In the last few editions of the PGJ, Cook and Morton have added to their "Crowns" a Core Collection, which I guess is supposed to be a more objective collection of records to balance with their subjective "Crowns". If you're looking for a quick view into these, Tom Hull (who I nowadays trust much more in terms of taste) has a list of them here. I own and love many of the records in the Core Collection, but some of their choices seem to me to have been picked - because of their "in print only"-policy - to cover for records that are no longer in print. I mean, you want an Air record in your collection (you actually want more than one Air record in your collection), but would you really pick Air Time over Air Lore?

Tuesday, January 23, 2007

Reading, not writing

Apologies for the lack of updates on the blog. I've been caught up in reading, primarily Allen Lowe's That Devilin Tune (included as part of the CD-set), and I've been lacking the inspiration and motivation to comment on both mix-tapes and the fact that people elsewhere have discovered something most Norwegians have not, that Margaret Berger makes good pop music.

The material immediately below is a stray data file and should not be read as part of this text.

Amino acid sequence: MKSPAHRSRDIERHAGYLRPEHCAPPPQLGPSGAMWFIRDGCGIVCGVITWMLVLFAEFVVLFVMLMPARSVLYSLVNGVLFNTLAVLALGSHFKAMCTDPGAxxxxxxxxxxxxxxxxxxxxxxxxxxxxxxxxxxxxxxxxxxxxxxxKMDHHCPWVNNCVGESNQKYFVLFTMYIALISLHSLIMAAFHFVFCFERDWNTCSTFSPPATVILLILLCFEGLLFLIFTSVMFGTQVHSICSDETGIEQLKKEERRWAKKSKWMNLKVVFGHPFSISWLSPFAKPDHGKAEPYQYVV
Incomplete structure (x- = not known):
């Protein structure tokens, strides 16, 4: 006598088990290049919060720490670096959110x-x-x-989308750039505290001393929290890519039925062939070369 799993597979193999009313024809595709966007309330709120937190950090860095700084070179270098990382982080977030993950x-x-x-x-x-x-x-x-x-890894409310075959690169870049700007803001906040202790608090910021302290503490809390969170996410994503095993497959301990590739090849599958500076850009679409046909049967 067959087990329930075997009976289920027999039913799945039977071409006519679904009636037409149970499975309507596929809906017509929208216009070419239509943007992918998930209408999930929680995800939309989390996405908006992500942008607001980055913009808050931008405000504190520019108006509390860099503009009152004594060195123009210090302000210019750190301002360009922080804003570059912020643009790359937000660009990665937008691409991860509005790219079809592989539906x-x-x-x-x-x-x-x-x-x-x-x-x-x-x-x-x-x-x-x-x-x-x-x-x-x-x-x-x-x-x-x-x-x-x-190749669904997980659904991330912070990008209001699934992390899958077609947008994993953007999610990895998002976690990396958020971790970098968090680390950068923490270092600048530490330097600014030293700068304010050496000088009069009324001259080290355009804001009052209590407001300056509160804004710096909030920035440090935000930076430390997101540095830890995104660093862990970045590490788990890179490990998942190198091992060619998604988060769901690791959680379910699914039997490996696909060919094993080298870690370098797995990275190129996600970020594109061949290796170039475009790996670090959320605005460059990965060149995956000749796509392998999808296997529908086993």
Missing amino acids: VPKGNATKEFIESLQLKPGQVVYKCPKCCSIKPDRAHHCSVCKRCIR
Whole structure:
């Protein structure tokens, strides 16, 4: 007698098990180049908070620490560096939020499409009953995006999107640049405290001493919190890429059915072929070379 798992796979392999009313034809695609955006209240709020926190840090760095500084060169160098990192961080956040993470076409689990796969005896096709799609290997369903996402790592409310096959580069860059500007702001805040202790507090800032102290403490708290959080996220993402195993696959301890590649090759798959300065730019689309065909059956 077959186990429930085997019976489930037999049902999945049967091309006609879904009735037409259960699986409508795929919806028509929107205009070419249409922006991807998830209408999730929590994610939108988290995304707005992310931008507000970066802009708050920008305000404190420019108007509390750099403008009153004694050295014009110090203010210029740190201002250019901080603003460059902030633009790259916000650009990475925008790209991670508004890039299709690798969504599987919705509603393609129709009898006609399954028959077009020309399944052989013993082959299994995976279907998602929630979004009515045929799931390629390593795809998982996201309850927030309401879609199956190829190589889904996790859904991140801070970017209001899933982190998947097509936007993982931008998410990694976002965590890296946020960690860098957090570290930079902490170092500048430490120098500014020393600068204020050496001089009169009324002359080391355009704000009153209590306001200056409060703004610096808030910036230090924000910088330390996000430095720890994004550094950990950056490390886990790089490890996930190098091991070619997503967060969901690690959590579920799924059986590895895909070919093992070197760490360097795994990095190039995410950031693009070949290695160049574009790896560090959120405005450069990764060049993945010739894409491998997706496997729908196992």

I have some things in the pipeline, though.

Also thanks to LeDrew of Destination: Out and Mwanji Ezana of be.jazz for linking back to my blog, more specifically my Jazz faves of 2006. (A side note: the Jazz record section has been only sporadically updated lately, but I'll try to do some work on it soon).

Finally, an interesting piece from PopMatters regarding Anthony Barxton.